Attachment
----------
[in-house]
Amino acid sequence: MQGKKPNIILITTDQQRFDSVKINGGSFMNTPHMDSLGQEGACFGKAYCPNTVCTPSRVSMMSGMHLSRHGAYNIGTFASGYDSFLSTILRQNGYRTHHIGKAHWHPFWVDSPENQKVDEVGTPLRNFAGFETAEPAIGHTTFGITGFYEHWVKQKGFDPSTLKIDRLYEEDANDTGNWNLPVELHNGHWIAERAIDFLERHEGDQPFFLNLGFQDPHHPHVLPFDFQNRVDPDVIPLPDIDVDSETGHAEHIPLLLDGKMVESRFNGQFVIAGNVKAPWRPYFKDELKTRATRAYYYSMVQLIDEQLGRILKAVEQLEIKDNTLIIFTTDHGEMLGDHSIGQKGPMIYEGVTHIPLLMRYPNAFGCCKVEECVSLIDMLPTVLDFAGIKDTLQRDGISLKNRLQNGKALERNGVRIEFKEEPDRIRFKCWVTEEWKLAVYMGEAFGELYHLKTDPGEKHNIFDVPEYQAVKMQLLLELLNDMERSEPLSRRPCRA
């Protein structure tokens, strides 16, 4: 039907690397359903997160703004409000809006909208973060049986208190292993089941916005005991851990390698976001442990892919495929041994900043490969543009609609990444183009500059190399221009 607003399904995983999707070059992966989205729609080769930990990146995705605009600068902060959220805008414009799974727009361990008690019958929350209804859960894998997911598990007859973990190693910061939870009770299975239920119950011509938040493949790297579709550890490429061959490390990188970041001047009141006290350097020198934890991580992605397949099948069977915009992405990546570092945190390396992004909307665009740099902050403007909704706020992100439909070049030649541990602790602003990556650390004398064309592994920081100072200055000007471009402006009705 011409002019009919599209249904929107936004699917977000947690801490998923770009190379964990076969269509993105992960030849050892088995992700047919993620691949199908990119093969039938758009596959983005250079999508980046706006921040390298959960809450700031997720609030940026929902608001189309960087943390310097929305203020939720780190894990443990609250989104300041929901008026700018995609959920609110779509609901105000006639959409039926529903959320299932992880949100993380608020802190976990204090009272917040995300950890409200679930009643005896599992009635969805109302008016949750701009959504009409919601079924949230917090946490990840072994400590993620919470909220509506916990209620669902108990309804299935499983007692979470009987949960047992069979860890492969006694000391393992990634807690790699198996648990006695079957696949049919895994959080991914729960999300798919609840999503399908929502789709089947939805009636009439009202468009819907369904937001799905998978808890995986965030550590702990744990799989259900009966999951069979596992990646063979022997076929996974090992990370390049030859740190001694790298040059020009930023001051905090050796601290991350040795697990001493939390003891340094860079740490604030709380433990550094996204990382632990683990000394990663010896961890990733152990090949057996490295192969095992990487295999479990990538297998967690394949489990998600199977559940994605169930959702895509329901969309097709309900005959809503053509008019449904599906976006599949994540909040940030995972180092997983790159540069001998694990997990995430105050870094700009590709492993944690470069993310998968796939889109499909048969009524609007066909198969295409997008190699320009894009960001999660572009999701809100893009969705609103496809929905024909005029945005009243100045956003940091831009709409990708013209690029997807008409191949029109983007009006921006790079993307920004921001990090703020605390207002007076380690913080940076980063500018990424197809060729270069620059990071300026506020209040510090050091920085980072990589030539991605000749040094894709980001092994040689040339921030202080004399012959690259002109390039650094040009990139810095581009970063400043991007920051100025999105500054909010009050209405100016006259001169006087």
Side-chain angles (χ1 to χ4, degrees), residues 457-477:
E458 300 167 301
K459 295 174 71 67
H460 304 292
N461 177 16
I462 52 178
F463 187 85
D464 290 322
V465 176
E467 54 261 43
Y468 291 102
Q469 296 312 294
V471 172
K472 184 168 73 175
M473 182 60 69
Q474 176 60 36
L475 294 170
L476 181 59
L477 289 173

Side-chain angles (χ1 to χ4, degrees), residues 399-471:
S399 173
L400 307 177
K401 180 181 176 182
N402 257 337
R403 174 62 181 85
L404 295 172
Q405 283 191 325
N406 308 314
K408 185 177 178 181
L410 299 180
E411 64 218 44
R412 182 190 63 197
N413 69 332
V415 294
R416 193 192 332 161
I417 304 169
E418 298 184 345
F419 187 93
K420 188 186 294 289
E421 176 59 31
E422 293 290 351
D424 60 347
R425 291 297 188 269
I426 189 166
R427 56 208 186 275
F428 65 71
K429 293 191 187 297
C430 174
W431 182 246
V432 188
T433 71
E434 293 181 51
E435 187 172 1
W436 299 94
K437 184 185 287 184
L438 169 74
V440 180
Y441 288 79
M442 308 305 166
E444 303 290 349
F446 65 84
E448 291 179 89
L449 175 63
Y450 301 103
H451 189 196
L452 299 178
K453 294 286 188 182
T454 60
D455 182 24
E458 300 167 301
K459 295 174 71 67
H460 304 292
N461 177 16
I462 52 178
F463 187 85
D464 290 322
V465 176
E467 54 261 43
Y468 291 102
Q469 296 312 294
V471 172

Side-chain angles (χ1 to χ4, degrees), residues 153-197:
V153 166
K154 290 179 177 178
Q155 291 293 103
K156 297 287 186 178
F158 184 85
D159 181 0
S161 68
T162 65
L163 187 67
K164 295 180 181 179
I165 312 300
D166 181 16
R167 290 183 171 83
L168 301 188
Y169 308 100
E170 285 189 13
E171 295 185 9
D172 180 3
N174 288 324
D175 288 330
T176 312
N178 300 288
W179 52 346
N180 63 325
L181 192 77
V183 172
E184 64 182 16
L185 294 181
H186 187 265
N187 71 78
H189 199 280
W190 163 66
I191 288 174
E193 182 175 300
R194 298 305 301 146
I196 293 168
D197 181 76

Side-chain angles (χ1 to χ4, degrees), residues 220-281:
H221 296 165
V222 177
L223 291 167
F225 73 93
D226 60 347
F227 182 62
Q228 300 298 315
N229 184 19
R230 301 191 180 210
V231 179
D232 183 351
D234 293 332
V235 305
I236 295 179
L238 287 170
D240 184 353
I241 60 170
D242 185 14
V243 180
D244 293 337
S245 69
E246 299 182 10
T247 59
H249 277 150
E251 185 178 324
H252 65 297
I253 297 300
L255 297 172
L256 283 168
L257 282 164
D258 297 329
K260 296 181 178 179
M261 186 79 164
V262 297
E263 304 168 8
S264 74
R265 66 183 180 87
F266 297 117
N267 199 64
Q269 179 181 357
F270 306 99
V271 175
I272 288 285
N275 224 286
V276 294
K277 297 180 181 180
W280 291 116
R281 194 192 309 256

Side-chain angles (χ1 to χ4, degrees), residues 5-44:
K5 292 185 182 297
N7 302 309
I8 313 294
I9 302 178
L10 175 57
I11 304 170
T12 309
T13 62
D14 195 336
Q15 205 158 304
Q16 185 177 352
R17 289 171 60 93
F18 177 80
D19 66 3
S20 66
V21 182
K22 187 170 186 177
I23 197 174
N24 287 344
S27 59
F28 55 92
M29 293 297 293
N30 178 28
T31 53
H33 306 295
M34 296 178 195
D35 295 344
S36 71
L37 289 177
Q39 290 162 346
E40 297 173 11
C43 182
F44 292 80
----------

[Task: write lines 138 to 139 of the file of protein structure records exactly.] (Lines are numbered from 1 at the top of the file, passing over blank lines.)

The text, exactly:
L238 287 170
D240 184 353